The alchemical dragon has been a symbol used by mystics for ages. The most iconic of these illustrations from the Theatrum chemicum Britannicum is the two headed dragon facing the sun and moon. It comes from page 212 at the end of the chapter called Liber Patris Sapientiae.
This Robert Vaughan illustration is one of many that were commissioned for the book. In it, we have a two headed dragon with its necks entangled but heading out in opposite directions. One head faces the sun while the other faces the moon. The dragon represents the process of alchemy. Symbolically, the dragon is action – making “it” happen. His drawing is masterfully executed earning it a place amongst the greatest alchemical illustrations.
This alchemical process is an action that is influenced by the opposing forces in nature. The Sun and the moon represent the opposing forces of heating and cooling. During the alchemical process, a substance is heated and cooled many times producing evaporation and condensation.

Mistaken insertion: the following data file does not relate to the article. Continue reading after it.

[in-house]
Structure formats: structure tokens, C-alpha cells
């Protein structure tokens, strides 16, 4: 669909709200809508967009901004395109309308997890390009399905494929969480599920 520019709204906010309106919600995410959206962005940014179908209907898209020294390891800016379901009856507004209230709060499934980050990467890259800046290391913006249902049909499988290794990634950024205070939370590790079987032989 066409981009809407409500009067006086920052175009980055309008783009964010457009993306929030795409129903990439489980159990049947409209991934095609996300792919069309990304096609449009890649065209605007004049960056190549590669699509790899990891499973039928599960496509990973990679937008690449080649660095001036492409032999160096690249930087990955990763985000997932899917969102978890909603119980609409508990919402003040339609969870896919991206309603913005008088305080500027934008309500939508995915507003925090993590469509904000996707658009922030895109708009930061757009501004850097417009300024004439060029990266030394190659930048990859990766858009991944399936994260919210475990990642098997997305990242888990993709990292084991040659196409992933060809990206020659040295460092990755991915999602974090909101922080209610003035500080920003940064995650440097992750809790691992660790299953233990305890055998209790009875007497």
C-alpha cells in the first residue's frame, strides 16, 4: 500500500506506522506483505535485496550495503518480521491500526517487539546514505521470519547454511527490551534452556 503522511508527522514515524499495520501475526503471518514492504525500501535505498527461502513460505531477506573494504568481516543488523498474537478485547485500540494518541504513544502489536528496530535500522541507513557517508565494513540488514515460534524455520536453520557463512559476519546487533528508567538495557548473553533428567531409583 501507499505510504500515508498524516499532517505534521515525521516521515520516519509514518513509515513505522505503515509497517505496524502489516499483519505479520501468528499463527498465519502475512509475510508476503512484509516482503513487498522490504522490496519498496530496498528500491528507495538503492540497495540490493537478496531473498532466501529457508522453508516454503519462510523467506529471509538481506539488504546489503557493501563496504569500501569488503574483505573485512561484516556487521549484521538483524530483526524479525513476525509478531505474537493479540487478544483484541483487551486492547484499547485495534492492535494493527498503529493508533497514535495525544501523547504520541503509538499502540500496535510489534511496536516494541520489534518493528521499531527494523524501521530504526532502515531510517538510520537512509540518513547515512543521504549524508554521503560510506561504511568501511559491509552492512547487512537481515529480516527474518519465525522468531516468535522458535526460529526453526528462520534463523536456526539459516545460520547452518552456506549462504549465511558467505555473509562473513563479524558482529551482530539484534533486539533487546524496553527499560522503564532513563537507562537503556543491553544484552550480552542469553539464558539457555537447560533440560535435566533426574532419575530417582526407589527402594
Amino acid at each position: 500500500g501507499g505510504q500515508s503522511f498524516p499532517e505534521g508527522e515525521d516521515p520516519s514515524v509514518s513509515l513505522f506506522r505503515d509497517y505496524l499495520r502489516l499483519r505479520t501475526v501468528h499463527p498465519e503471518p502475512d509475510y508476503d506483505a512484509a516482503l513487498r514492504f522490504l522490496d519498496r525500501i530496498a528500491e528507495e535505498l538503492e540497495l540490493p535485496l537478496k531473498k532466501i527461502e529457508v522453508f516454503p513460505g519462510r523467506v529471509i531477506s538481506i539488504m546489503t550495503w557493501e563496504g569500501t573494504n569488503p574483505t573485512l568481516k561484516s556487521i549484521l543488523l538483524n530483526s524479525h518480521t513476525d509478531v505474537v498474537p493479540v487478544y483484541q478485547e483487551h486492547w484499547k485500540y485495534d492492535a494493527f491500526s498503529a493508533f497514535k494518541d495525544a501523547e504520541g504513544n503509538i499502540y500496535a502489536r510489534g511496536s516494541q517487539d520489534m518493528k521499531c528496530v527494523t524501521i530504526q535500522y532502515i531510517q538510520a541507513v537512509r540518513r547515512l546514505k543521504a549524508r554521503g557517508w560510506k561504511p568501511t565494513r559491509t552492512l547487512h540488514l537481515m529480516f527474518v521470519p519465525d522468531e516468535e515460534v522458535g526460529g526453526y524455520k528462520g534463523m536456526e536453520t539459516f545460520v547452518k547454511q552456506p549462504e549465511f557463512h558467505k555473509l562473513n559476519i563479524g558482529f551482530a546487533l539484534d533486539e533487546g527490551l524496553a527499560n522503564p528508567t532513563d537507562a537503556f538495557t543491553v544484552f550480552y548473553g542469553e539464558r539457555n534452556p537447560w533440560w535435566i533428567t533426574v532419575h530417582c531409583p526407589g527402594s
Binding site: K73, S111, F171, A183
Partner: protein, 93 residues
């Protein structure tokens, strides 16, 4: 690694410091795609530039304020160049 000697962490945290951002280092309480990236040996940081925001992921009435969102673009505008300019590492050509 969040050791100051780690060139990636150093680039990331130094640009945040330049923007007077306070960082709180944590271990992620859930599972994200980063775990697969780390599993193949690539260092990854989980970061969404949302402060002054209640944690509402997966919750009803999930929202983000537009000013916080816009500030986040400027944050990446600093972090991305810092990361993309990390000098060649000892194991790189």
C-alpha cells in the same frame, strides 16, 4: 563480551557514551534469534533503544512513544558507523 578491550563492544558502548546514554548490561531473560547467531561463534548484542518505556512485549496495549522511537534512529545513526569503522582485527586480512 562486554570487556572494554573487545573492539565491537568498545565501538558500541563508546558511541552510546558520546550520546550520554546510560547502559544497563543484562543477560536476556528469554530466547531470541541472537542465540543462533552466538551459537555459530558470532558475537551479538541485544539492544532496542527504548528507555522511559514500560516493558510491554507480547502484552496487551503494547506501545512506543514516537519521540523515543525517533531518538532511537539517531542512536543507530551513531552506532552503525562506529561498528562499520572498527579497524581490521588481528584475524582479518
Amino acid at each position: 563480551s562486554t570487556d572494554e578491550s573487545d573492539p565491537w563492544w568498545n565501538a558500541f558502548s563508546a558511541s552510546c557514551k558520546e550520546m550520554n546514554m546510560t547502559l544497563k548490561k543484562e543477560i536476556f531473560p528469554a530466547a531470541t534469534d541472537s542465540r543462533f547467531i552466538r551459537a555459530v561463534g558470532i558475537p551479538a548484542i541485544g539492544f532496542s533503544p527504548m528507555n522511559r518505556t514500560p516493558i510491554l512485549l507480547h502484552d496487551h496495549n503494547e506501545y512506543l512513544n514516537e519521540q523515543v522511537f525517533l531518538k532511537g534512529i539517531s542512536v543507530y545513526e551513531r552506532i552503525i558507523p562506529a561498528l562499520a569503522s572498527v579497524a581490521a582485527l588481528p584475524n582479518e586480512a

The sphere at the bottom is the elixir it stirs. It represents the cycle of transmutation in progress. The dragon sits atop it like a mother hen on an egg. This can also be seen as the world and the alchemical process transpiring within it.
I like to ponder the idea that the universe is an alchemical experiment. The intended outcome is pretty reliable. As parts of the experiment, we have a tendency to buy into the idea that the time we live in currently is the only one that matters and that we must be the culmination of the intentions of history. This could not be so based on the evidence of the culture around us. I find it helpful to think of the world as an alchemical process that is ever changing toward a positive outcome. The alchemical dragon serves as a reminder to me.
By the way, it also makes for a good t shirt: